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The Humongous Book of Trigonometry Problems by W. Michael Kelley

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Graphs of Inverse Trigonometric Functions

Including domain and range

9.1    The graph of a function f(x) passes through points (–2,6), (0,3), and (4,–9) and has inverse function f–1(x). Identify three points through which the graph of f–1(x) passes.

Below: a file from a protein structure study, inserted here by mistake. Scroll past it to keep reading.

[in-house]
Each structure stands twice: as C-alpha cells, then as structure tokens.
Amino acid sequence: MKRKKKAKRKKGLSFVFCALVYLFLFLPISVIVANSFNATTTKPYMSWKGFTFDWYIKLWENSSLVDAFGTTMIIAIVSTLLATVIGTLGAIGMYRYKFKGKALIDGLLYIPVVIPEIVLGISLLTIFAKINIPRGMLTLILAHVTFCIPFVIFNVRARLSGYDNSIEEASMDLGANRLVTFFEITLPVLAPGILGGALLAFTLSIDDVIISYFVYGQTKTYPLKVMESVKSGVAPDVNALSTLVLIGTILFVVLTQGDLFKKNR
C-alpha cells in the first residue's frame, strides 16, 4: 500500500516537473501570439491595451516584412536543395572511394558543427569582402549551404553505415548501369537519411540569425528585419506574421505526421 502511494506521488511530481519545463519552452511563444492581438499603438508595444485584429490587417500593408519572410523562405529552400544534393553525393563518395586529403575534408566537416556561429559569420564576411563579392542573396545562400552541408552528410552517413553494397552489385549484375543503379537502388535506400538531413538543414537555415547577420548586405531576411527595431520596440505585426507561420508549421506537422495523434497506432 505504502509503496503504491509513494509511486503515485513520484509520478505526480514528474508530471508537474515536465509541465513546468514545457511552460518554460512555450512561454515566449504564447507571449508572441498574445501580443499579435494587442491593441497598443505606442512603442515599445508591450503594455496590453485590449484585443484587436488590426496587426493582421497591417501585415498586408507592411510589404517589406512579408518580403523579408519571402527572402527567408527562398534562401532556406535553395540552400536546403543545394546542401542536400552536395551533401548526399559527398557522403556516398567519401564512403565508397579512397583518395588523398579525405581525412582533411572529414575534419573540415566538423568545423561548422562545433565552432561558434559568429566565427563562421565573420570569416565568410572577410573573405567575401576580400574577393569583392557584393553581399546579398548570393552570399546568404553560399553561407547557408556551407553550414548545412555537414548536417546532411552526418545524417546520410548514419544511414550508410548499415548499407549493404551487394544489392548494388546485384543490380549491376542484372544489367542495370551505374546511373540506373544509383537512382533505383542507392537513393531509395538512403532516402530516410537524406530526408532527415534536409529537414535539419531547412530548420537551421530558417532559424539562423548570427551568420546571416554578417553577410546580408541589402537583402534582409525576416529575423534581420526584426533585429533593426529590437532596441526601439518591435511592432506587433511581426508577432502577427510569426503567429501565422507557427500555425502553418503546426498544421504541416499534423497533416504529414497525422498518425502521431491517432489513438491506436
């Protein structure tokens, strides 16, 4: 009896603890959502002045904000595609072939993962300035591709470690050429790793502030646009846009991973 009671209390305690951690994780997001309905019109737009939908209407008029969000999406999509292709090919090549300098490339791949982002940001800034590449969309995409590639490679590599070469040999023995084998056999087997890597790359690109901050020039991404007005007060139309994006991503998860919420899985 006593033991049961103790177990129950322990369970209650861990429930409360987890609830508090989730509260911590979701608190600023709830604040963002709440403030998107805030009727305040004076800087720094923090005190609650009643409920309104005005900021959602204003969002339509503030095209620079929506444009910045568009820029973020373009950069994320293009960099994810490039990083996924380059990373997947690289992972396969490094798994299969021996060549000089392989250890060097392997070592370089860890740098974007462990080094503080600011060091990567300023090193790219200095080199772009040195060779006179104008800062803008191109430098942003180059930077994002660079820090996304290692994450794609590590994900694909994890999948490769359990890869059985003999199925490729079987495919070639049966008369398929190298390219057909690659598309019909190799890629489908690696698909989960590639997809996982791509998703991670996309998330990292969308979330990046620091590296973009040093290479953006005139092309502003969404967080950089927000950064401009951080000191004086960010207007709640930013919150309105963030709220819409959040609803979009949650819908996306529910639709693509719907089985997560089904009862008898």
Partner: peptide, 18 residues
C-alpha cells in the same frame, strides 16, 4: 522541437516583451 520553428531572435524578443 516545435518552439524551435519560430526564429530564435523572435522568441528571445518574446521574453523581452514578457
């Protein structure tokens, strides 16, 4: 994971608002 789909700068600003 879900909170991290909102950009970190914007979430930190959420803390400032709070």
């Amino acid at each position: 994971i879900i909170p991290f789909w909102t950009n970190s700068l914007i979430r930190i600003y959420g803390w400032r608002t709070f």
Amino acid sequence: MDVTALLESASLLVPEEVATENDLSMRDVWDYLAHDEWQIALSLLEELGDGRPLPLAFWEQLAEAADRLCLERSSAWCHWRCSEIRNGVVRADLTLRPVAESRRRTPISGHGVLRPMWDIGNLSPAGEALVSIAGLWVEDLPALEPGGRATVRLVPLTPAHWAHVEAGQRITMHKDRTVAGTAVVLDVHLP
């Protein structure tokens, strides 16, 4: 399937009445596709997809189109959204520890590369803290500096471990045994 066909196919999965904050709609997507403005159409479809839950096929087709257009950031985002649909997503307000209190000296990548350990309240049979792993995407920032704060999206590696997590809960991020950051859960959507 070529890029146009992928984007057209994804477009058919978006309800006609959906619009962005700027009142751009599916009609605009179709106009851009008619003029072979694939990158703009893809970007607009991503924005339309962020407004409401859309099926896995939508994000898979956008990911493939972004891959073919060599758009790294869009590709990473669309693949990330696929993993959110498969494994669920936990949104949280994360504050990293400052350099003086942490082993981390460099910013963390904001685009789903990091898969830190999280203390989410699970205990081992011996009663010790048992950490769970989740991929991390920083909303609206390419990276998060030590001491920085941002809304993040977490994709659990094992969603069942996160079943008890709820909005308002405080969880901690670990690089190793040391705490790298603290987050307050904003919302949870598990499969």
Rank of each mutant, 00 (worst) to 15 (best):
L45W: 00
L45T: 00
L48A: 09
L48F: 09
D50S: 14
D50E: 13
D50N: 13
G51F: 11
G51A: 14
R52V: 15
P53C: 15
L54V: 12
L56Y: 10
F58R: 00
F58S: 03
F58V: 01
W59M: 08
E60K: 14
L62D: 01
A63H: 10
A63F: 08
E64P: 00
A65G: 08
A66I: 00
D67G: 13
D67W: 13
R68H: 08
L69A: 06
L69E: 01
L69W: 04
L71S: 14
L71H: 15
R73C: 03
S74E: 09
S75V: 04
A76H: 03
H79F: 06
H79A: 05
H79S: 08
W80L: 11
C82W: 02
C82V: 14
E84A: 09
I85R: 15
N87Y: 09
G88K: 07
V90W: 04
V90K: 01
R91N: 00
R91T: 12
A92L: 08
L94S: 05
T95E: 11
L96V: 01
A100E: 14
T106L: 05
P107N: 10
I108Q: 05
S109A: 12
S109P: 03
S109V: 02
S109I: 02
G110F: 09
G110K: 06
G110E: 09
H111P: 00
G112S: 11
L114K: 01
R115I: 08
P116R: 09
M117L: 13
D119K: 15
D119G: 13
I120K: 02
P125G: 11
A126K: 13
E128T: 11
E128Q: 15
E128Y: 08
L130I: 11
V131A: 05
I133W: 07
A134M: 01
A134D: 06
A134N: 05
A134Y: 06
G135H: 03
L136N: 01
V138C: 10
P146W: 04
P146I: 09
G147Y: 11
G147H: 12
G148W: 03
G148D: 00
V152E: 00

If f(x) passes through points (–2,6), (0,3), and (4,–9), then –2, 0, and 4 are members of the domain and 6, 3, and –9 are members of the range. Specifically, f(–2) = 6, f(0) = 3, and f(4) = –9. To identify points on the inverse function f–1(x), reverse the numbers in the ordered pair.

If a number is a member of the domain, you can plug it into the function and get some real number output. Members of the range are outputs of the function.

Thus, f–1(x) passes through points (6,–2), (3,0), and (–9,4). ...

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